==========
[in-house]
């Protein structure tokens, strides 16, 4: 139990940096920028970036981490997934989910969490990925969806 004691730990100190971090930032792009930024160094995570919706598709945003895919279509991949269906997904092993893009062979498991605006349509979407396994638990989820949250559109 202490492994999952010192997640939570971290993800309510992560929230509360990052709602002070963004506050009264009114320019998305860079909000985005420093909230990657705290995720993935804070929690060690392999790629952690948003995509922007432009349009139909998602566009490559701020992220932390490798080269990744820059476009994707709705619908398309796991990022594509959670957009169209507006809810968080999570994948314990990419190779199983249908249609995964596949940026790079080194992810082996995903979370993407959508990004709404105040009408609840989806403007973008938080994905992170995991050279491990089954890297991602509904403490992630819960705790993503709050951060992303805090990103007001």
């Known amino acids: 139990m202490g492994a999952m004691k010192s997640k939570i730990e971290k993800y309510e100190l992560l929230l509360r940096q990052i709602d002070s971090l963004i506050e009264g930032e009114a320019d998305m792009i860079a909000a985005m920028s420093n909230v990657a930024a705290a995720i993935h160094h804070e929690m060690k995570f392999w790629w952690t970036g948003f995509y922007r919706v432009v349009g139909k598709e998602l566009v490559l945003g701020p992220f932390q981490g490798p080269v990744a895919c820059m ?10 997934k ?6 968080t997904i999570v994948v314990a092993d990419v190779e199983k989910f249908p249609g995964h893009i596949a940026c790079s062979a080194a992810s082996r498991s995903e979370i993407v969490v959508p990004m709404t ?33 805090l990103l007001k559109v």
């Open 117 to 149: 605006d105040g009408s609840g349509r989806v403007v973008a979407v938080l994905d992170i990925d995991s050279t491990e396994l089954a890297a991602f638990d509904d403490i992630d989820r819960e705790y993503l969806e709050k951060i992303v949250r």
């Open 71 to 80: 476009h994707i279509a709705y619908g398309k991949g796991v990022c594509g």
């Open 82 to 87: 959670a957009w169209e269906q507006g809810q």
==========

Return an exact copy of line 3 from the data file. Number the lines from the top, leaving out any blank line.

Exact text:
């Known amino acids: 139990m202490g492994a999952m004691k010192s997640k939570i730990e971290k993800y309510e100190l992560l929230l509360r940096q990052i709602d002070s971090l963004i506050e009264g930032e009114a320019d998305m792009i860079a909000a985005m920028s420093n909230v990657a930024a705290a995720i993935h160094h804070e929690m060690k995570f392999w790629w952690t970036g948003f995509y922007r919706v432009v349009g139909k598709e998602l566009v490559l945003g701020p992220f932390q981490g490798p080269v990744a895919c820059m ?10 997934k ?6 968080t997904i999570v994948v314990a092993d990419v190779e199983k989910f249908p249609g995964h893009i596949a940026c790079s062979a080194a992810s082996r498991s995903e979370i993407v969490v959508p990004m709404t ?33 805090l990103l007001k559109v």